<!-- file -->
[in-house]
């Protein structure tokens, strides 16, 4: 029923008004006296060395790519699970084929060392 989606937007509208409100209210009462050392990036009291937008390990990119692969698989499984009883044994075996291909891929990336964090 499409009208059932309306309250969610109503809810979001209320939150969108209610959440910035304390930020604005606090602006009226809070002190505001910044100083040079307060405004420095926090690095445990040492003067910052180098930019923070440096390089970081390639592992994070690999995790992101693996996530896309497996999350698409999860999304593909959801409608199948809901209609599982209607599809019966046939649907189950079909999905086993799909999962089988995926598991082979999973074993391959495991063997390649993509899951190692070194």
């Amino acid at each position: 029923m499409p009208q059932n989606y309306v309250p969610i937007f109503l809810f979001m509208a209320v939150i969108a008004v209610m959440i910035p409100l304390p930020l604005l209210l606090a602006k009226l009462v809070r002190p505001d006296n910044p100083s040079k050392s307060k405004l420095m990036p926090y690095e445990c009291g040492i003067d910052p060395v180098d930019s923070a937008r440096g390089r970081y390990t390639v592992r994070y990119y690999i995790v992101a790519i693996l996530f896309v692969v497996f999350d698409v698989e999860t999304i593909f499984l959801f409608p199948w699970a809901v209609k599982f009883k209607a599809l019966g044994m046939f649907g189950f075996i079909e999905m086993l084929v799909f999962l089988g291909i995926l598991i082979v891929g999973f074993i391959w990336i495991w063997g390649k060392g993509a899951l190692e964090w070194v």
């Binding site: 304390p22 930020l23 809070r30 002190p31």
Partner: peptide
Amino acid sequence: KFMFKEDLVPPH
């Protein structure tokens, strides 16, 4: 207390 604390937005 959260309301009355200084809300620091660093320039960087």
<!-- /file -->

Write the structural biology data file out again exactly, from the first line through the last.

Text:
[in-house]
């Protein structure tokens, strides 16, 4: 029923008004006296060395790519699970084929060392 989606937007509208409100209210009462050392990036009291937008390990990119692969698989499984009883044994075996291909891929990336964090 499409009208059932309306309250969610109503809810979001209320939150969108209610959440910035304390930020604005606090602006009226809070002190505001910044100083040079307060405004420095926090690095445990040492003067910052180098930019923070440096390089970081390639592992994070690999995790992101693996996530896309497996999350698409999860999304593909959801409608199948809901209609599982209607599809019966046939649907189950079909999905086993799909999962089988995926598991082979999973074993391959495991063997390649993509899951190692070194």
């Amino acid at each position: 029923m499409p009208q059932n989606y309306v309250p969610i937007f109503l809810f979001m509208a209320v939150i969108a008004v209610m959440i910035p409100l304390p930020l604005l209210l606090a602006k009226l009462v809070r002190p505001d006296n910044p100083s040079k050392s307060k405004l420095m990036p926090y690095e445990c009291g040492i003067d910052p060395v180098d930019s923070a937008r440096g390089r970081y390990t390639v592992r994070y990119y690999i995790v992101a790519i693996l996530f896309v692969v497996f999350d698409v698989e999860t999304i593909f499984l959801f409608p199948w699970a809901v209609k599982f009883k209607a599809l019966g044994m046939f649907g189950f075996i079909e999905m086993l084929v799909f999962l089988g291909i995926l598991i082979v891929g999973f074993i391959w990336i495991w063997g390649k060392g993509a899951l190692e964090w070194v």
């Binding site: 304390p22 930020l23 809070r30 002190p31």
Partner: peptide
Amino acid sequence: KFMFKEDLVPPH
């Protein structure tokens, strides 16, 4: 207390 604390937005 959260309301009355200084809300620091660093320039960087």